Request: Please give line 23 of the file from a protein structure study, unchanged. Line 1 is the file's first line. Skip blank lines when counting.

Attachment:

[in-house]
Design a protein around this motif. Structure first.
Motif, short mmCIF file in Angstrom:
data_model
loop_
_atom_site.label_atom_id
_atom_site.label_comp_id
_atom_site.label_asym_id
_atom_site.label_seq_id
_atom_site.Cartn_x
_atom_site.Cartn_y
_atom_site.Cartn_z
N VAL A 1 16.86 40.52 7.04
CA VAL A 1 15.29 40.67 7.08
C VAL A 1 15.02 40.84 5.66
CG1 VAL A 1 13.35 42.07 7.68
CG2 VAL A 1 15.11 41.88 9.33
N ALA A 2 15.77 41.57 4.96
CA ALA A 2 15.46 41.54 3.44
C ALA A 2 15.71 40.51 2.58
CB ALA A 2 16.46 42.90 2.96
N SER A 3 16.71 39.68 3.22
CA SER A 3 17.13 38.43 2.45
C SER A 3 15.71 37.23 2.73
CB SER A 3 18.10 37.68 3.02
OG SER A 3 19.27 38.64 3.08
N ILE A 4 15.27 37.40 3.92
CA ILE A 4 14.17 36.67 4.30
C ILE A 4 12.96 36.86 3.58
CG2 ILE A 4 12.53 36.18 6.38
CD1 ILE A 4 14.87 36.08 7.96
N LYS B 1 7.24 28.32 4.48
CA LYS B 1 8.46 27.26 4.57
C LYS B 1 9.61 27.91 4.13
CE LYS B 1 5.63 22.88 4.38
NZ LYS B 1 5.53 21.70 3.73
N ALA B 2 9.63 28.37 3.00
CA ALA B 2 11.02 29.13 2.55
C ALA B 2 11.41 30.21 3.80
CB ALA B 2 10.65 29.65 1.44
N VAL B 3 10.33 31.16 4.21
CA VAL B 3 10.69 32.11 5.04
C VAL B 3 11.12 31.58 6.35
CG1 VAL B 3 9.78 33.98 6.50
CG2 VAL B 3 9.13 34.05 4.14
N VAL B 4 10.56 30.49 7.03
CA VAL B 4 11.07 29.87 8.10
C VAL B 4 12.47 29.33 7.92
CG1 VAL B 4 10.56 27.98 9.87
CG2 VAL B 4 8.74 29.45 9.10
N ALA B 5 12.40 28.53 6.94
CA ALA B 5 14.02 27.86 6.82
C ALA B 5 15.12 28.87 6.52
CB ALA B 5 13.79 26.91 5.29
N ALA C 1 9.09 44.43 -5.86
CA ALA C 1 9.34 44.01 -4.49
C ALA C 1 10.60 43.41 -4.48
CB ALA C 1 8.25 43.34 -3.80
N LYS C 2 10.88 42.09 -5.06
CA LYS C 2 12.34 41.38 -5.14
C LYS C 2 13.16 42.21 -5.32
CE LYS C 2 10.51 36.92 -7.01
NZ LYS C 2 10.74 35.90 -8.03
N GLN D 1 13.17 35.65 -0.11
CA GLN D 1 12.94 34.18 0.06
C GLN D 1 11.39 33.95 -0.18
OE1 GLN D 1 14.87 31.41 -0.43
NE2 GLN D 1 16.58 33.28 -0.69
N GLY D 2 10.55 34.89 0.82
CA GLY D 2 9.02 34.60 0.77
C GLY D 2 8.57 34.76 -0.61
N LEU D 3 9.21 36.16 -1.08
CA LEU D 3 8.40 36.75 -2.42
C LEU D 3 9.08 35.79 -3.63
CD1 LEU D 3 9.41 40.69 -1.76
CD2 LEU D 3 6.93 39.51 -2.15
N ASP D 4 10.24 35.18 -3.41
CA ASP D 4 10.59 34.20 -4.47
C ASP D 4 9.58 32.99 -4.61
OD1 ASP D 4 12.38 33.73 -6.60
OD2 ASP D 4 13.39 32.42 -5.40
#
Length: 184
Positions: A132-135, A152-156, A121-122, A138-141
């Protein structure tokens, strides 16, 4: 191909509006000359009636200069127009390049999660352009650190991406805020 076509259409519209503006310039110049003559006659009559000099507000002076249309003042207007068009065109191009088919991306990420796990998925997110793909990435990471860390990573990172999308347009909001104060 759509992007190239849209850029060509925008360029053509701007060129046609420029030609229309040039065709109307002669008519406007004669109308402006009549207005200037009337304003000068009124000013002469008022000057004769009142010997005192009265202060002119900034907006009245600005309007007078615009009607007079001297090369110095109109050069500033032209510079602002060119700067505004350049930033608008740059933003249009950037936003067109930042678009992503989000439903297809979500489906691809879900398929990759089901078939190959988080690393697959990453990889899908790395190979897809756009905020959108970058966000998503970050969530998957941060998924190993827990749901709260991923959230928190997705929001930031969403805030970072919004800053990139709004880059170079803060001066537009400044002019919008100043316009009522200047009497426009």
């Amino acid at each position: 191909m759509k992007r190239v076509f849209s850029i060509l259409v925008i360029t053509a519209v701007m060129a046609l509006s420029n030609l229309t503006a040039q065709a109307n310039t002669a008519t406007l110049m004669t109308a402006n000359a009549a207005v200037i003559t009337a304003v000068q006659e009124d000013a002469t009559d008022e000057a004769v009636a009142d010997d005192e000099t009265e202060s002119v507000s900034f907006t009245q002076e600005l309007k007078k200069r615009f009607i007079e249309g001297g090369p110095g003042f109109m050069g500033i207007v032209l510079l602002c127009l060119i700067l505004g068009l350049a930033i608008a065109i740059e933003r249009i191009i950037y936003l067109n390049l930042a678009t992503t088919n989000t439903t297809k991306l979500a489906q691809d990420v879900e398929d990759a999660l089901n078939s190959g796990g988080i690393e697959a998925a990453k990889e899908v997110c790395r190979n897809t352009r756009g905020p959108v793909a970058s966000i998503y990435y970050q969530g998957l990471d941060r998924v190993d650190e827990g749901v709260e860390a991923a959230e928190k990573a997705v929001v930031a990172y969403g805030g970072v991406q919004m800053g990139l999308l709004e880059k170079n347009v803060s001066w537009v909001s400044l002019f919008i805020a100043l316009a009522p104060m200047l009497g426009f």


CA SER A 3 17.13 38.43 2.45